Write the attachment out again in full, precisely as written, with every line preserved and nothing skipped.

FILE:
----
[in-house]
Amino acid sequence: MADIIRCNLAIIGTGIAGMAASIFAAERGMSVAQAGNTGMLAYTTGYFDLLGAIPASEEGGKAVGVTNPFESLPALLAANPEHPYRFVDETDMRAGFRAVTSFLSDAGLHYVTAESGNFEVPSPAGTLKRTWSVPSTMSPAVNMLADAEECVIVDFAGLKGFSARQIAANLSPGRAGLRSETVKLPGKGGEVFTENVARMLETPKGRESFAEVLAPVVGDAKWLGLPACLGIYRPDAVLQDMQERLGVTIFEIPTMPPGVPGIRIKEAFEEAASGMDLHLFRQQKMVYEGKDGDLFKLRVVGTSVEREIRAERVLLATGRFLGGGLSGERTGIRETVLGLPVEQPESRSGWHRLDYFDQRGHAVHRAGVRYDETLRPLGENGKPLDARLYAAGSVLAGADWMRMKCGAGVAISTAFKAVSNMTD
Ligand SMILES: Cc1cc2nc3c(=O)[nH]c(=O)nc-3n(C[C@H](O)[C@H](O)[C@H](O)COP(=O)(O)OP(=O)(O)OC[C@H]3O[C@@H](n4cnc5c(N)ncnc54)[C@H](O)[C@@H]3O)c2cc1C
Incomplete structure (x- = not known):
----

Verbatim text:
[in-house]
Amino acid sequence: MADIIRCNLAIIGTGIAGMAASIFAAERGMSVAQAGNTGMLAYTTGYFDLLGAIPASEEGGKAVGVTNPFESLPALLAANPEHPYRFVDETDMRAGFRAVTSFLSDAGLHYVTAESGNFEVPSPAGTLKRTWSVPSTMSPAVNMLADAEECVIVDFAGLKGFSARQIAANLSPGRAGLRSETVKLPGKGGEVFTENVARMLETPKGRESFAEVLAPVVGDAKWLGLPACLGIYRPDAVLQDMQERLGVTIFEIPTMPPGVPGIRIKEAFEEAASGMDLHLFRQQKMVYEGKDGDLFKLRVVGTSVEREIRAERVLLATGRFLGGGLSGERTGIRETVLGLPVEQPESRSGWHRLDYFDQRGHAVHRAGVRYDETLRPLGENGKPLDARLYAAGSVLAGADWMRMKCGAGVAISTAFKAVSNMTD
Ligand SMILES: Cc1cc2nc3c(=O)[nH]c(=O)nc-3n(C[C@H](O)[C@H](O)[C@H](O)COP(=O)(O)OP(=O)(O)OC[C@H]3O[C@@H](n4cnc5c(N)ncnc54)[C@H](O)[C@@H]3O)c2cc1C
Incomplete structure (x- = not known):